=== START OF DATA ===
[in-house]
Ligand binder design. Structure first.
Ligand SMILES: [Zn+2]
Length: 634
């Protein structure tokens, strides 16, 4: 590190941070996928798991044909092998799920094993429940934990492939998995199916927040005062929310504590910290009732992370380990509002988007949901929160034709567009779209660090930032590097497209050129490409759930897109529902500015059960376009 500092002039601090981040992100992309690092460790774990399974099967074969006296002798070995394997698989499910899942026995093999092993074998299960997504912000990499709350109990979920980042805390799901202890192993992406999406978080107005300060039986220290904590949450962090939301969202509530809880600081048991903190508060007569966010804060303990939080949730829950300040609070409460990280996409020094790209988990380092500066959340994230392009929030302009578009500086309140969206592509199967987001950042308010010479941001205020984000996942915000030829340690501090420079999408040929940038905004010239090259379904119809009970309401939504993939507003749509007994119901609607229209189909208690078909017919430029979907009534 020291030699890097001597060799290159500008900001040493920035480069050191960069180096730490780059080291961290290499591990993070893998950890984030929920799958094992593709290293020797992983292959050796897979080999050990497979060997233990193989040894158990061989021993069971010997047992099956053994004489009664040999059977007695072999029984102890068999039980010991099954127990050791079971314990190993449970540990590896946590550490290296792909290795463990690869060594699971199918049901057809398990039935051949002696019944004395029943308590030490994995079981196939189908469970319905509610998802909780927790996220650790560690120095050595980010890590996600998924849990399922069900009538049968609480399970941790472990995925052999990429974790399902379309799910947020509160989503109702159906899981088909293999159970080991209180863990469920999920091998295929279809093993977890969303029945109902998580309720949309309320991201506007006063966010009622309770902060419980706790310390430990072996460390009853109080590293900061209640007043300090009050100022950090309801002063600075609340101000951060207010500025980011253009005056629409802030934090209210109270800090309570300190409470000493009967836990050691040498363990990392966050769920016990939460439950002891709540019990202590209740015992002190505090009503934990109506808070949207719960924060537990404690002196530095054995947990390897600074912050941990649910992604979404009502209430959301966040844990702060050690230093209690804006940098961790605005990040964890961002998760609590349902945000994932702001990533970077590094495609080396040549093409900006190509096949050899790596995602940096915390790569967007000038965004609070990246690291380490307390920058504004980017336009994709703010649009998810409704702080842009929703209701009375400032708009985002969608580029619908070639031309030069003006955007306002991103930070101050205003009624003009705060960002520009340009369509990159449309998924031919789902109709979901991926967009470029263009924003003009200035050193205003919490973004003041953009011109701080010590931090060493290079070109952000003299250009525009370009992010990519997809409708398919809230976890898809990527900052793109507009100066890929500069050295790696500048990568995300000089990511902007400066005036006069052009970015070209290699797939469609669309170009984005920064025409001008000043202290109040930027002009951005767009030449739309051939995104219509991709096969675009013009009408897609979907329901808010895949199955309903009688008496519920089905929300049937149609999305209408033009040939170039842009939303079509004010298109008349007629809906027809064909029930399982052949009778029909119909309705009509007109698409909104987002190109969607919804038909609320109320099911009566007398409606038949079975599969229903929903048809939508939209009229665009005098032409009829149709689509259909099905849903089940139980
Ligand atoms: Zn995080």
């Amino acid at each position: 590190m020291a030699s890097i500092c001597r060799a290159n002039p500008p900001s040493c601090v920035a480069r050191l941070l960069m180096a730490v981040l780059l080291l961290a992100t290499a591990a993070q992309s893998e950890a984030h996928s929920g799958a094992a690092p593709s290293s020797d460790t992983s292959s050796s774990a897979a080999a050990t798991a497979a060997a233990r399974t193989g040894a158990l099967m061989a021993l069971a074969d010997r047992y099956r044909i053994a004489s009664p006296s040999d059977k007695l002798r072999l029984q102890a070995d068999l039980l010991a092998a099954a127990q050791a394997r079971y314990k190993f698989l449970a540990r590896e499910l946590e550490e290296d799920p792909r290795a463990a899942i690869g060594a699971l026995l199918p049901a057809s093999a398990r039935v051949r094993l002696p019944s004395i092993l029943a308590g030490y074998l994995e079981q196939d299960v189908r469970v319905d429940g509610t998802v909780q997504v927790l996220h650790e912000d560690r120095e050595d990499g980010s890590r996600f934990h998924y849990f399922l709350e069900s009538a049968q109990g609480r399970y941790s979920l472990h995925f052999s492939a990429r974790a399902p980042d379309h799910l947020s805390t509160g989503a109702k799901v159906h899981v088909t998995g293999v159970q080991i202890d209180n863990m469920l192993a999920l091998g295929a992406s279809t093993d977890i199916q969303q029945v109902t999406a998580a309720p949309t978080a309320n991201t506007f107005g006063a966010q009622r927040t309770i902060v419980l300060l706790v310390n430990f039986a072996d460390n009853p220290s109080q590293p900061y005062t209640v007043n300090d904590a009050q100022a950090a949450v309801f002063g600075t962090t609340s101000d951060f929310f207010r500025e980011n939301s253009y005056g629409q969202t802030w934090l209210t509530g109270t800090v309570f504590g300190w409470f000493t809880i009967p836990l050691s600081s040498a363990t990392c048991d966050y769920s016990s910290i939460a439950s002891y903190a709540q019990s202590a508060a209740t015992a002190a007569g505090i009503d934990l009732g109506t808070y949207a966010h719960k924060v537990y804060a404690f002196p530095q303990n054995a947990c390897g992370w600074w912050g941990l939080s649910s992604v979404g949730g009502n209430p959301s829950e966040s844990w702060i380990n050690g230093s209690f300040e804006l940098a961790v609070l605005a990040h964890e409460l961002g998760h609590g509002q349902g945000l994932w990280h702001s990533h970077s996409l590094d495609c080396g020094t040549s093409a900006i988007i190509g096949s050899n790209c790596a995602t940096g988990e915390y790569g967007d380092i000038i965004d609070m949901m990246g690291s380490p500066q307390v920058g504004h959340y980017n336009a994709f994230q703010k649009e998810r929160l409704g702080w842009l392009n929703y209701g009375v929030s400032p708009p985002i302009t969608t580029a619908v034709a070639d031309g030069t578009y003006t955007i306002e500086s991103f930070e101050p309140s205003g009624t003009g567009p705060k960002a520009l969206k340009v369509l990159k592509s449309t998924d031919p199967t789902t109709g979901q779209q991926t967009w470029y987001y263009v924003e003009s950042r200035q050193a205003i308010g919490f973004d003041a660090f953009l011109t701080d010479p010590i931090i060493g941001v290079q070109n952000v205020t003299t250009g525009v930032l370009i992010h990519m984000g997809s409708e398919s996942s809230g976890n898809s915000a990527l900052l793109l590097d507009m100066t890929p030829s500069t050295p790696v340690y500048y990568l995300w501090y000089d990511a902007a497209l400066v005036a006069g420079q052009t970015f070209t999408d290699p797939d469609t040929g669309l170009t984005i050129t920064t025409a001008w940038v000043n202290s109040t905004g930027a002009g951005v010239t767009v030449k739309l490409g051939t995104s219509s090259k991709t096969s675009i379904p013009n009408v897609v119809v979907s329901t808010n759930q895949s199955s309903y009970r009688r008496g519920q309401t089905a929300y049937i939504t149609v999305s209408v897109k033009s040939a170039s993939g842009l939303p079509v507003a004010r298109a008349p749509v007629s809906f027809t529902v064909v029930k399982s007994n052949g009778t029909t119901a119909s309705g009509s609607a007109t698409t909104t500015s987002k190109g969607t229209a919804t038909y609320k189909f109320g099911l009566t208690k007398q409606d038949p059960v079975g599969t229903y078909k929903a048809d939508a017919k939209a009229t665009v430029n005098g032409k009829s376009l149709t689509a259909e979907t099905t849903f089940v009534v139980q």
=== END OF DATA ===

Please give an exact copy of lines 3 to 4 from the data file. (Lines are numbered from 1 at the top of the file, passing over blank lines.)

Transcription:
Ligand SMILES: [Zn+2]
Length: 634